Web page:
Anthony Tommasini from the NYT chronicles the New York City Opera’s proper sendoff over the weekend. NYCO was shuttered when it ran into the increasingly and unnervingly common predicament of having no funds to pay staff.
This was a somewhat bittersweet party. (…) It was stirring yet also sad. Here was a top-notch orchestra all dressed up with no place to go.
NYCO’s final act was a gallant one. Some groups don’t even get a chance to say goodbye before they’re unceremoniously closed down. Still, it was a tough final act.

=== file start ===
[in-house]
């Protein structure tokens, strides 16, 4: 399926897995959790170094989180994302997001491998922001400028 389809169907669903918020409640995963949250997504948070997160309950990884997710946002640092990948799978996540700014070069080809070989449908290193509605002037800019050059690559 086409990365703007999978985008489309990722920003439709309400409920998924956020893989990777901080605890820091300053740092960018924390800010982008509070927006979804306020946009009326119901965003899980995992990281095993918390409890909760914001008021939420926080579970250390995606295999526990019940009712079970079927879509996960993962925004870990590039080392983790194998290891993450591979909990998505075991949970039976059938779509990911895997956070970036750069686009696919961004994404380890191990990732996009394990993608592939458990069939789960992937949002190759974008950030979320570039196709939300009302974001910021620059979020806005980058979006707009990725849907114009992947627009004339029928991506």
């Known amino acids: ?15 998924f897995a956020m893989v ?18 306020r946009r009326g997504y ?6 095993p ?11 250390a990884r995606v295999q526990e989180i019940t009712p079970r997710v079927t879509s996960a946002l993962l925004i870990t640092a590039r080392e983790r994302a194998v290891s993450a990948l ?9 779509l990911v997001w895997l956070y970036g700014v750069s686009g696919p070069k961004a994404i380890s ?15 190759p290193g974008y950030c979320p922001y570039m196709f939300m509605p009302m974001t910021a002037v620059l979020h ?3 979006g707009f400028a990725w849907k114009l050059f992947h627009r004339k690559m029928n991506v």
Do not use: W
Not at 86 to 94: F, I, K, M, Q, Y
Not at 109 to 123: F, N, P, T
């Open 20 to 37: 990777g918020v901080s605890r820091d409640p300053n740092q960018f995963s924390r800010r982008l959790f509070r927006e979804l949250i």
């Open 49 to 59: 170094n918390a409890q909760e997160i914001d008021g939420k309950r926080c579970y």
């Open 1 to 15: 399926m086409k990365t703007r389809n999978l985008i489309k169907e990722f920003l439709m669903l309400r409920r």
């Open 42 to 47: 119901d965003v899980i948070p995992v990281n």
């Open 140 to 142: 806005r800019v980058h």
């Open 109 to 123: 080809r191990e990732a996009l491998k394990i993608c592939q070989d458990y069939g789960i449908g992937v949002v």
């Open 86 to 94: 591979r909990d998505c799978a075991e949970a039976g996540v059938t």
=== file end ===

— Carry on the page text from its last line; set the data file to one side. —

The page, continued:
The most moving moment, though, came when the conductor Julius Rudel, City Opera’s longest-serving general director (1957-79), was brought out in a wheelchair to an enthusiastic ovation. Mr. Rudel, who turns 93 next month, waved to the audience but did not speak. At that initial “Tosca” performance in 1944, Mr. Rudel, a rehearsal pianist with the company, was backstage at City Center.
When City Opera folded in September, Mr. Rudel spoke to the New York Times. “I would not have thought in my wildest dreams,” he said, “that I would outlive the opera company.